For instance, Jaguar is about the world of power laced with grace. It sees speed as the privilege of nobility used to rev up the placidity of blue blood. It evokes the culture around the hunting instinct in British aristocracy, when the scent is high and the pulse quickens and it is time for some game. It is an elegant beast, purring speed and gloving libido. It is not just an expensive luxury car but provider of a very specific kind of luxury, one that is losing relevance today. Similarly the Land Rover represents a very specific kind of culture when it comes to the off-roading experience. The idea of the nobility of exploration, rooted in a time when Englishmen along with their mad dogs drove off to Bora Bora for the purest motive of exploration is again one that needs nuanced understanding.
BUT the real challenge lies elsewhere. Important as it is to grasp the range of meanings that lie embedded in these brands, the real need is to find new connections between these brands and the consumers of today. This requires a deep almost visceral grasp of what are the new configurations of articulated expectations and unarticulated needs of today. And from this understanding to evolve a possible trajectory of change wherein the old set of meanings are recast or reframed in order to create something that is both familiar and new.
If this seems like a complex task, that is because it is. Managing global brands requires us to have a point of view about the world and the people who populate it. It is about creating meaning, for that is what brands do, of a kind that is believable and valuable. At a more functional level, It is about making calls that involve judgement about soft issues — what will work and what will not, where extra investment is warranted and where it is not and what change is good and what must not be changed.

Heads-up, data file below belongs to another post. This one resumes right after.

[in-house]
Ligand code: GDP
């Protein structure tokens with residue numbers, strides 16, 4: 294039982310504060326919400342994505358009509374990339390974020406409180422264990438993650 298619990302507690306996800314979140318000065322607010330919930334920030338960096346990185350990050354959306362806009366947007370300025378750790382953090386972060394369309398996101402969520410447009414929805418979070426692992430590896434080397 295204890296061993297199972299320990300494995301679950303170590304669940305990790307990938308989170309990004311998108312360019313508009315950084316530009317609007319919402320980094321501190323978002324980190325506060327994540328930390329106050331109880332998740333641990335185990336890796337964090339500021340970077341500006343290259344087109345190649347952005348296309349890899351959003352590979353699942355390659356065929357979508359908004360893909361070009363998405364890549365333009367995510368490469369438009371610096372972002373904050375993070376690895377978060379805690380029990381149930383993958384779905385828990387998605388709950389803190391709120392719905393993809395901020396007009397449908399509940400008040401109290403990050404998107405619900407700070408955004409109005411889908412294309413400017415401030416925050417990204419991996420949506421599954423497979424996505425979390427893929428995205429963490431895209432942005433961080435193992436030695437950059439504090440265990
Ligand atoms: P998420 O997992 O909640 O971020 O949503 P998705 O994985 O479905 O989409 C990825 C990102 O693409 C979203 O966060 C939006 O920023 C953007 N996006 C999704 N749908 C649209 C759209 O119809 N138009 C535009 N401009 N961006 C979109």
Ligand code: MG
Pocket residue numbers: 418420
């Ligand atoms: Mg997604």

In a perverse way, the freshness of the Indian perspective could be of some advantage. Take the case of Jaguar and Land Rover; unlike BMW and Ford which viewed the brand with a presumption of knowledge, the Tatas have a greater ability to respectfully understand the power resident in these marque labels as well as see the market with eyes free from the baggage of one’s own past actions. The Indian manager of the global brand has the advantage of having more than a nodding familiarity with the cultures of the developed world without the arrogance of believing that he knows it all.
As Indian businesses acquire global brands, they will find themselves dealing with a completely new set of questions. They will find that the language of business is far more universal than the language each brand speaks. The complexity of running global businesses will truly register itself when one is managing global brands, for then one must account for what consumers across very diverse contexts want from their lives and from the brands being marketed.
And finally, the real opportunity lies in learning how the world works and bringing an original perspective to the table. For it is only then that we truly deserve a place at the table — when we bring something of value to the global party.